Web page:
This would be a better question if it asked “When should I follow back?”. In an ideal world, only people who were genuinely interested in you and your posts would follow you. However, people follow a social media account for many reasons:

  • Because they love that business or brand
  • Because they are interested in their posts
  • Because they want them to follow them back
  • Because they want to spam them
  • Because they want to bombard them with obscene posts and links

You could automate the process, like some people do, and automatically follow everyone back. However, it’s highly probable that you’ll end up following some rather unsavory types – spammers and obscene accounts. It’s even more probable that you’ll end up with lots of followers who will never engage with you. They could be dormant accounts or accounts totally irrelevant to you and who will never engage with you.

My approach is to check the people who followed me and see if they are relevant. More often than not I will follow them back. I’m not so concerned about a cluttered timeline on Facebook and Twitter because I use lists. That allows me to zoom in and not miss the updates from people I really want to follow. It’s quite easy to spot spammers and irrelevant profiles, and using a tool such as ManageFlitter can really make this easy.

Listen to this interview with Mark Schaefer on How to Succeed on Twitter (Social Media Marketing Podcast):

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#4 How often should you blog or post on a social network?


Photo Credit: photosteve101 via Compfight cc

  • Quick Answer: It depends!
  • Slightly Longer Answer: There isn’t an easy answer to this question. First of all, it’s best to ask yourself why you want to blog at all! What are you trying to achieve? Once you answer this, you’ll need to work out how long and in-depth your posts will be and how long it will take you to write them. The frequency of your social media posts is completely different and depends on the platform.

This sounds like a simple question, but it really isn’t. You need to work out what frequency will work for you. Let’s tackle blogging first. Have you asked yourself what you are wishing to achieve through your blog? Is it for fun? If so, I suppose it doesn’t matter – just blog when you feel like it. Is it to market your business, have you formed a strategy and what you want to achieve through your blog? Who are you trying to target?

We are all drowning in a sea of content. So much content is being created or re-purposed over day. With this in mind, you need to create quality content – content that resonates with people and creates a buzz. You may be able to create short quality content on a very regular basis – that’s great! You may be very good at creating highly detailed and in-depth articles on a much less regular basis- that’s great too! You have to find a schedule that works for you and your business. Remember too, that there are different types of content. If writing articles isn’t your thing or the thing of your potential customers, then try other formats such as videos, slideshows, images or podcasts.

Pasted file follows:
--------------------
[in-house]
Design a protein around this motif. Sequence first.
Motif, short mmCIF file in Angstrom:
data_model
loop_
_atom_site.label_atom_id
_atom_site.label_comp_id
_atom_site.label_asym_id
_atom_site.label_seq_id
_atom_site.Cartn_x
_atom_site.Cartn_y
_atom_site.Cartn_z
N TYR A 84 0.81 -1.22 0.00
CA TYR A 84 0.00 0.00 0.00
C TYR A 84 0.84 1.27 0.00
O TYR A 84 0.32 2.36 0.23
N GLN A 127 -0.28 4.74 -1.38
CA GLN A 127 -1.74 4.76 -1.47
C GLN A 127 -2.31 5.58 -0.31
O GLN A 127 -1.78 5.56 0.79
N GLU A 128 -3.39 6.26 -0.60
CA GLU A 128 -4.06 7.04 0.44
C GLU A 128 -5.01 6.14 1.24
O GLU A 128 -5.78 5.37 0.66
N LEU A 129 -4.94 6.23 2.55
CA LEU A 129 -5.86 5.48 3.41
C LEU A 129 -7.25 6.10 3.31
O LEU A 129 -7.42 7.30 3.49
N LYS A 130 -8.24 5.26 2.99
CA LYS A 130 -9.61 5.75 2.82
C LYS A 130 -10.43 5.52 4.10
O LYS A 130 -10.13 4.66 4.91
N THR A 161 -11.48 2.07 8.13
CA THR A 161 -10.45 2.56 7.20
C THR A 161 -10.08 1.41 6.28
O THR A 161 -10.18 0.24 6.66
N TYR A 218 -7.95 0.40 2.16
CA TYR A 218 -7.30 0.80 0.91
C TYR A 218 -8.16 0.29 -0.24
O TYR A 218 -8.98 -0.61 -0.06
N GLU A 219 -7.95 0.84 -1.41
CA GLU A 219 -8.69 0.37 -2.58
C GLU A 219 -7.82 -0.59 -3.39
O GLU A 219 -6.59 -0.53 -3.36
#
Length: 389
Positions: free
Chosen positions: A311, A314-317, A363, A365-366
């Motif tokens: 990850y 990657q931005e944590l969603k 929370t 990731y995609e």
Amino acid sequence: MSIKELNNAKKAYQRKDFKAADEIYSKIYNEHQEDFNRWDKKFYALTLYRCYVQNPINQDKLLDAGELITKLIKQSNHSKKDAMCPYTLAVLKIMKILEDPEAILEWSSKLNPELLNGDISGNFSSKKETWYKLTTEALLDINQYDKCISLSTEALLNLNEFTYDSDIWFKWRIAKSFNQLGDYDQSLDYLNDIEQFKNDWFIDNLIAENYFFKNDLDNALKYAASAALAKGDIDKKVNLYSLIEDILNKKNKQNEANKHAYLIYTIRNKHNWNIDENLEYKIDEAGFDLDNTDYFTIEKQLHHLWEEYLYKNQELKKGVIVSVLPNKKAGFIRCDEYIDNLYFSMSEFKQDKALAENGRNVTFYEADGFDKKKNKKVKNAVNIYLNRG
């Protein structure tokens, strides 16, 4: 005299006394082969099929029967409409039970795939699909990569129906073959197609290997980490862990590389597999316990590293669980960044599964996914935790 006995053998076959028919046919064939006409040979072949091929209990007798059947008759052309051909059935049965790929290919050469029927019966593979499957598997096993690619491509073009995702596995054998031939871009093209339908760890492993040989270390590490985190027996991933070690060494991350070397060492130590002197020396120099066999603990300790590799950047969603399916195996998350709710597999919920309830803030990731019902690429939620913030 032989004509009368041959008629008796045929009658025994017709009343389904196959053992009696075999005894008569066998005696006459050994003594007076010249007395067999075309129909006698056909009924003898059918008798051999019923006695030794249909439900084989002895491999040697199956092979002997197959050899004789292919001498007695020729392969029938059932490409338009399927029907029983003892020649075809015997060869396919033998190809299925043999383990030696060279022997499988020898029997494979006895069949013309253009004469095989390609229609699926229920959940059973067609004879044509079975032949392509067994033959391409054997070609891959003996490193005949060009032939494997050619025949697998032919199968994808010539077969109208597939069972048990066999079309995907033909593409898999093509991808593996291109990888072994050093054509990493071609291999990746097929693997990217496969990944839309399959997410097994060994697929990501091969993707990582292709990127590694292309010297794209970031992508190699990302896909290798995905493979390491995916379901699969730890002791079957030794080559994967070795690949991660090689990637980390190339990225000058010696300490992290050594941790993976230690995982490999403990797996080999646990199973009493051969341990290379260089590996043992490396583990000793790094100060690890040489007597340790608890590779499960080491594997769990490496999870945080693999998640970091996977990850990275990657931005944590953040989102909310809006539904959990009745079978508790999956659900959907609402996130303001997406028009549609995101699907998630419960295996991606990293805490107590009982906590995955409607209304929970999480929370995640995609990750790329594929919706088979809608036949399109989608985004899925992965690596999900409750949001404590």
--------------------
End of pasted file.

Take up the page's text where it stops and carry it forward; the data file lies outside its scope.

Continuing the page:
Working out how often you post on your social media channels is going to be different again. Each network has to be treated differently. Twitter is fast moving, and each tweet has a very short half life. Back in 2012, Peter Bray wrote a fascinating article on the average lifespan of a Tweet entitled When Is My Tweet’s Prime of Life? (published on the Moz Blog). He discovered that each tweet had a prime time of visibility for 18 minutes! And this was back in 2012, so that number is likely to have decreased. With that in mind, it’s best to publish much more regularly on Twitter so that your Tweets are seen to different audiences throughout the day. There are plenty of tools to help you schedule, track, analyse and monitor- read 20+ Tools that willl turn you into a Twitter Power User.

As for LinkedIn, Google+ and Facebook, it’s best to post far less regularly- and concentrate on quality content. Facebook ranks all posts using its EdgeRank algorithm and you’ll get penalised if you are posting too regularly content that people aren’t engaging with. If you want to increase your visibility and reach on Facebook, then a recent article on the Agora Pulse blog will be your friend – 5 Ways to Get More Organic Reach for Your Facebook Posts. Nicholas Grizzell gives some great advice such as posting at non-peak times, be timely, posting more often, embedding your posts and more.

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#5 Should I use automated direct messages on Twitter?

Automated DMs

  • Quick Answer: NO!
  • Slightly Longer Answer: NO!

If you’ve been on Twitter even for a short time, I am sure you will have received direct messages similar to the following:

  • Hey, thanks for following me, I really appreciate it! Please also like my Facebook page.
  • Thx 4 the follow. Really looking forwards to reading your tweets
  • Thanks for the follow. Download my free ebook. Normally $7 trillion dollars, but for you – free!

The technique is to set up a system to send automatic direct messages to new followers. It may seem like a good idea at first. Instead of personally thanking your new followers, why not automate the process? Well, you shouldn’t send automated direct messages to new followers for many reasons:

  • You can’t control who you are sending the message to
    The new follower might be a spammer or might not speak the same language as you
  • It gives the impression of a lack of sincerity or genuineness.
    You wouldn’t automate an initial conversation or a “thank you” in real life. An automated direct message can give the impression that you just can’t be bothered. Don’t just say thank you on social media– say something meaningful and connect with them personally.
  • It dramatically increases your unfollow rate
    There is no doubt about it, automatic direct messages annoy a lot of people. So much so, that many will actually unfollow you. Research by (the now defunct) Optify, showed a 245% increase in the unfollow rates after using this technique.
  • It makes direct messages unusable